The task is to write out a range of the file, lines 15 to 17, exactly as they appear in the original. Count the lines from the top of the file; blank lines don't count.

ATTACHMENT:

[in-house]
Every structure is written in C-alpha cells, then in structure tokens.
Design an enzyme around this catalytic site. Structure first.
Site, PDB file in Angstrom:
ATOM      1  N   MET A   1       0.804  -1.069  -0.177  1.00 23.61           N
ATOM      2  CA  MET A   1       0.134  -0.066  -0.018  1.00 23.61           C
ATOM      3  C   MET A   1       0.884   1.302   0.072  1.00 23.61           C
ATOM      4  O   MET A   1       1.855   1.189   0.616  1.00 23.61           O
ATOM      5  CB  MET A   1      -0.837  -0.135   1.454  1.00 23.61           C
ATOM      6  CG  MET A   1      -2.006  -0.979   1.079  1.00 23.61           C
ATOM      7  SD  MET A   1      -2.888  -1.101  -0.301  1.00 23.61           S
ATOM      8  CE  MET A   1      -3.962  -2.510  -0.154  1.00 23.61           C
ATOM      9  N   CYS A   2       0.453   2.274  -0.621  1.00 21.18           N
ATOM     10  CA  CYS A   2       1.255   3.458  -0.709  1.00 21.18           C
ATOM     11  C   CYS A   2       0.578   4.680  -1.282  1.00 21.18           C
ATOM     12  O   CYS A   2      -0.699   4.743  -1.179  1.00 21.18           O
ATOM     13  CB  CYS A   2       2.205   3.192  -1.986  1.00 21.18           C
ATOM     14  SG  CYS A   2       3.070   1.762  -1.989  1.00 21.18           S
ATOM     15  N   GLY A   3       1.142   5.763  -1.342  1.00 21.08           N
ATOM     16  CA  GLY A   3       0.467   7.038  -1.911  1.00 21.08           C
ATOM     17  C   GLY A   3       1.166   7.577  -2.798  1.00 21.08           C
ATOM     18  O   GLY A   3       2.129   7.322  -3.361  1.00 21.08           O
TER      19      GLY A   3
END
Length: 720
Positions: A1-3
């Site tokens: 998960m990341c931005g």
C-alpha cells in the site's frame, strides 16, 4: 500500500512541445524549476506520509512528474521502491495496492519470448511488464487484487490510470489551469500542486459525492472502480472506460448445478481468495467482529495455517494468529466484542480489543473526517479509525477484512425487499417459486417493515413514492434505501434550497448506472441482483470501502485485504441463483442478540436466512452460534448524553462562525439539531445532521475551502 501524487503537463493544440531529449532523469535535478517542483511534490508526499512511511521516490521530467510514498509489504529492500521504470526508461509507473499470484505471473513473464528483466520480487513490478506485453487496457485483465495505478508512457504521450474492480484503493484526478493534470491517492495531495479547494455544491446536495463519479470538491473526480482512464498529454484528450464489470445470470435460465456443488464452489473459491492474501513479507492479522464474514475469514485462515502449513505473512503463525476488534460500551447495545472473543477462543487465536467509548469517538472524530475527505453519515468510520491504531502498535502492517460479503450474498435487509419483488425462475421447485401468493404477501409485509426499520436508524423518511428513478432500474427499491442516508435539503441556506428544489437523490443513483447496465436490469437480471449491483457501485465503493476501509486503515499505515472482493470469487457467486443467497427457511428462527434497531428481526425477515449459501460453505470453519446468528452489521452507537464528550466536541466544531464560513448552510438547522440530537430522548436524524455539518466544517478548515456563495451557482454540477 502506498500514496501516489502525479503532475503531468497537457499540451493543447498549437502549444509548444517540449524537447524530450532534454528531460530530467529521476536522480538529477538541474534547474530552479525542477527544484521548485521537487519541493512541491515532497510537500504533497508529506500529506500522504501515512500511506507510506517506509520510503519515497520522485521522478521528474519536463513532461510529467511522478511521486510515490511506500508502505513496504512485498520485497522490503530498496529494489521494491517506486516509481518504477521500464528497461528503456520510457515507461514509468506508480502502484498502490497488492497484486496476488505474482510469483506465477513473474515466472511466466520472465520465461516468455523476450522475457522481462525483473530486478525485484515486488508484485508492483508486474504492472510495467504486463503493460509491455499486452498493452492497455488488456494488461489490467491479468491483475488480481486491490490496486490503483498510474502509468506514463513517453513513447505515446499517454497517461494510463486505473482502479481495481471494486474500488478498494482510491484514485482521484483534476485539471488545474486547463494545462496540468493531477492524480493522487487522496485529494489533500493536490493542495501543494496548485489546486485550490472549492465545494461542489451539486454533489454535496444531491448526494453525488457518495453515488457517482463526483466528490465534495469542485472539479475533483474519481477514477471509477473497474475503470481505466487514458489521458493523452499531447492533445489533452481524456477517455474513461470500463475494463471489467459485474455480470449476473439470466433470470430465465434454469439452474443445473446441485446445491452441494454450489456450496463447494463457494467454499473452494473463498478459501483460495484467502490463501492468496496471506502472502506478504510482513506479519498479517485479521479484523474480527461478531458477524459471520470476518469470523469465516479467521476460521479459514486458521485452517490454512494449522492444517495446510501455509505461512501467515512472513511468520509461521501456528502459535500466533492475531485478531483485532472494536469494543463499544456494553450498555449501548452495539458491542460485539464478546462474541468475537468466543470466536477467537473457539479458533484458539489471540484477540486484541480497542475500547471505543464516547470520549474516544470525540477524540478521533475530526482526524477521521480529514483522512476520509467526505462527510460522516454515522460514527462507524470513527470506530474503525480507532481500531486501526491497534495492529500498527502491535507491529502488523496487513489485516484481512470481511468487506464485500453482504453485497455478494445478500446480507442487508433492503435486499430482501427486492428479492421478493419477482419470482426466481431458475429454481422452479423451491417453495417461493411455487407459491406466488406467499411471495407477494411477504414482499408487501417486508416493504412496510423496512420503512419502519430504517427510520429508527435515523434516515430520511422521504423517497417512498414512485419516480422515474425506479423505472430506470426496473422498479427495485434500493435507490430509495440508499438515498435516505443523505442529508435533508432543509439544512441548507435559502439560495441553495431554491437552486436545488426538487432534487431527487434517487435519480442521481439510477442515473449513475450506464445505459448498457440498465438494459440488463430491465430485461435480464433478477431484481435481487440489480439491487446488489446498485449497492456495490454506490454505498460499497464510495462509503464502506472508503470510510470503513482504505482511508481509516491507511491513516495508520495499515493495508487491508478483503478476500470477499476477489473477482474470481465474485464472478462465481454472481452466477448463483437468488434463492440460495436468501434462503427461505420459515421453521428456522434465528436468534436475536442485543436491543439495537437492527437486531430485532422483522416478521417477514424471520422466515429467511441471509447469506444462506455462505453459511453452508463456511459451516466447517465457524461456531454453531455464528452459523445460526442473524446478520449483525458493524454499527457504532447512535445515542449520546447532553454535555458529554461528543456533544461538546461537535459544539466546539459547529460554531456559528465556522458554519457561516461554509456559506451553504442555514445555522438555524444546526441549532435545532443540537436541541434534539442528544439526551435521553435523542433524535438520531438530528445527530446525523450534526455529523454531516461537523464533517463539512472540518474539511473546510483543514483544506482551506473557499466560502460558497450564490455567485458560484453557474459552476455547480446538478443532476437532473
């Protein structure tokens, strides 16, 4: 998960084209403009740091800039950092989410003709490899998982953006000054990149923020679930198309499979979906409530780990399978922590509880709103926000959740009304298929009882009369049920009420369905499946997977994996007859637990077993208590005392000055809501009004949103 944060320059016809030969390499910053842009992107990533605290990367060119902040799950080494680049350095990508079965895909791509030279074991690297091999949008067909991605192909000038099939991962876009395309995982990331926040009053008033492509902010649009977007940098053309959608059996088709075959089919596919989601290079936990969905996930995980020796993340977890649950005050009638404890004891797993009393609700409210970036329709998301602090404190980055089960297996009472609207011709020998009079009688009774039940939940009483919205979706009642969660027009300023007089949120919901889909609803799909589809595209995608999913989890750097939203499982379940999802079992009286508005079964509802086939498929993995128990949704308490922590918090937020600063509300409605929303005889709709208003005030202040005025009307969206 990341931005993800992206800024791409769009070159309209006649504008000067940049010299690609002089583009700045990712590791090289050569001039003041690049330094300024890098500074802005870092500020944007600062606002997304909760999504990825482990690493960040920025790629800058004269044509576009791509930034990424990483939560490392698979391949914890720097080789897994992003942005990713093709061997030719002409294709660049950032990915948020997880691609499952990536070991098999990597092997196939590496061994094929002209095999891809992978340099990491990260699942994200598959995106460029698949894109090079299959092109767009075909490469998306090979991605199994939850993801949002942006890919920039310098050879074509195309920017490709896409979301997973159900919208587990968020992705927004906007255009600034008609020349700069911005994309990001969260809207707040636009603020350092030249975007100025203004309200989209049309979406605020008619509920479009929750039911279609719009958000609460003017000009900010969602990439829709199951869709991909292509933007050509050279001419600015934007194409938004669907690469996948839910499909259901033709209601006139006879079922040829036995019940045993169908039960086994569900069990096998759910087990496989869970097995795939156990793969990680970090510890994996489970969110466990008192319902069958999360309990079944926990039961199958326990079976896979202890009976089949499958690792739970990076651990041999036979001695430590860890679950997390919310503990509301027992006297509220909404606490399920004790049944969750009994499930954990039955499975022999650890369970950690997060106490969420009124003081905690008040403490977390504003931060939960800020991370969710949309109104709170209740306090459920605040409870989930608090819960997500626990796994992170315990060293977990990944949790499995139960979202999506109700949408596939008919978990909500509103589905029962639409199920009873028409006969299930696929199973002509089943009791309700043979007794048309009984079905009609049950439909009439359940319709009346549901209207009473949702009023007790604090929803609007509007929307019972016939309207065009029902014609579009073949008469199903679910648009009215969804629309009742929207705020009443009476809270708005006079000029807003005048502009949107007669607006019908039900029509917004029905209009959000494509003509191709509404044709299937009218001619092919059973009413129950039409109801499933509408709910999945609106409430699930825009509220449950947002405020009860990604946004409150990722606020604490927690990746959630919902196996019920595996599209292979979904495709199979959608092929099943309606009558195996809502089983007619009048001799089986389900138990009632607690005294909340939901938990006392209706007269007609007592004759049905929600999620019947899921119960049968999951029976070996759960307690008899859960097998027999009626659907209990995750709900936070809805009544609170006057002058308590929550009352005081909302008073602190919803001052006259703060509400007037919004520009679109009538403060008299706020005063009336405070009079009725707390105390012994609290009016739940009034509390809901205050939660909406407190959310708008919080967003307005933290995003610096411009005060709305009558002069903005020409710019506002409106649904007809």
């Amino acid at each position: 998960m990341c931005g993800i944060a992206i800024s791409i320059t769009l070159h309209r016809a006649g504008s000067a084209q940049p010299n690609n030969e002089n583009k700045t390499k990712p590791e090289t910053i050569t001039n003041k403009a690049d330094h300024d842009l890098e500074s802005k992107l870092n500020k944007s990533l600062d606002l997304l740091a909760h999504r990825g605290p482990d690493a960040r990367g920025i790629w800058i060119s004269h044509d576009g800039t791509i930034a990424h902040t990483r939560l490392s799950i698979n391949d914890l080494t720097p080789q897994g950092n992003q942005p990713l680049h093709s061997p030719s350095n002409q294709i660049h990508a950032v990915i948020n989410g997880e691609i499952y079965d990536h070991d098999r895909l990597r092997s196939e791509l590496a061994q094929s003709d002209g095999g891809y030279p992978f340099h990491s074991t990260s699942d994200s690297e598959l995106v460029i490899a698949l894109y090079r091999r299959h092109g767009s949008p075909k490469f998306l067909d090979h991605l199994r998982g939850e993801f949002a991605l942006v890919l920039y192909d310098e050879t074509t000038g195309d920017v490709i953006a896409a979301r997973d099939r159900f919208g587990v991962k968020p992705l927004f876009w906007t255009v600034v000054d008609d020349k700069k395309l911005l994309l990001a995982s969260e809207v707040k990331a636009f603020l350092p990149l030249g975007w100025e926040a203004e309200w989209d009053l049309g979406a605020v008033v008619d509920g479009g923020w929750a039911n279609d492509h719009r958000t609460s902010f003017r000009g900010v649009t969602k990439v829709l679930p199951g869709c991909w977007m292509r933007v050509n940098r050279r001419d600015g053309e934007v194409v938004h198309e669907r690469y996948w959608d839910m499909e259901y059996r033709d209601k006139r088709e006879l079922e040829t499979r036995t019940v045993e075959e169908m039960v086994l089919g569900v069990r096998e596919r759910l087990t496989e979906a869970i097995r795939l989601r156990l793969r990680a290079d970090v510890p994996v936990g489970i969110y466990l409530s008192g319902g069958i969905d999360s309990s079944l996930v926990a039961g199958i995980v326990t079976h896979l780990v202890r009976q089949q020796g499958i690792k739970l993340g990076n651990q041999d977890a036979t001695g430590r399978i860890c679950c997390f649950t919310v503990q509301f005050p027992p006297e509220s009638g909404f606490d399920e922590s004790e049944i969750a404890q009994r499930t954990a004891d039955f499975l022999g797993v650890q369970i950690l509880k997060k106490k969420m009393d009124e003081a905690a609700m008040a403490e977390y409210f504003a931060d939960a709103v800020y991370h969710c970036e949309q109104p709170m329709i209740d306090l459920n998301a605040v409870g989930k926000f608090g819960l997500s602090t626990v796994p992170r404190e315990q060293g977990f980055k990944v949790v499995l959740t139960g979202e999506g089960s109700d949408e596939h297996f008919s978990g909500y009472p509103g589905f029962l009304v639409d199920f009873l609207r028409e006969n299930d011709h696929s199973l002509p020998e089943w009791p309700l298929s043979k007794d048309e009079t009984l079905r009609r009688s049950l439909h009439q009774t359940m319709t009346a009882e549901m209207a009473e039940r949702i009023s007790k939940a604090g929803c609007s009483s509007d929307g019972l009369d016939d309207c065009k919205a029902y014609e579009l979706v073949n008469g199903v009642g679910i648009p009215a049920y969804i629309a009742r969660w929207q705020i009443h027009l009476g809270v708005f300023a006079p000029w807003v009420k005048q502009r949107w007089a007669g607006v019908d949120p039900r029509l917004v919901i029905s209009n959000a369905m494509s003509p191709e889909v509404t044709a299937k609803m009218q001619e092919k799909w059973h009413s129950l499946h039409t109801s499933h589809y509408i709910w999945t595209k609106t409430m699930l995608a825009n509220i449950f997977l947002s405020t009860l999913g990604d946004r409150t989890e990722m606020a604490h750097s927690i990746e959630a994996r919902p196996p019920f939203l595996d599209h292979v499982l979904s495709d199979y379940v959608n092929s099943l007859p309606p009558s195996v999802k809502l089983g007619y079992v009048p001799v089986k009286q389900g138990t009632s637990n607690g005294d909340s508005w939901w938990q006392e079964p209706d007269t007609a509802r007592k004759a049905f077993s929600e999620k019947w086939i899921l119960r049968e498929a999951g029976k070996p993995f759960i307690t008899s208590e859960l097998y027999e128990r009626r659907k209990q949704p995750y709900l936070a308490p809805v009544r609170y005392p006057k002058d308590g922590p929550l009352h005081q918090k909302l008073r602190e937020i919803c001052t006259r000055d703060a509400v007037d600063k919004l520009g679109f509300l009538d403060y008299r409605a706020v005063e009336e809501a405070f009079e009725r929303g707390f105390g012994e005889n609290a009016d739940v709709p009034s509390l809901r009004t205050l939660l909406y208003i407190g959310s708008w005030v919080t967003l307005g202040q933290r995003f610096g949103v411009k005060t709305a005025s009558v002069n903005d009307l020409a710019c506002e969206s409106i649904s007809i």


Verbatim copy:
ATOM     11  C   CYS A   2       0.578   4.680  -1.282  1.00 21.18           C
ATOM     12  O   CYS A   2      -0.699   4.743  -1.179  1.00 21.18           O
ATOM     13  CB  CYS A   2       2.205   3.192  -1.986  1.00 21.18           C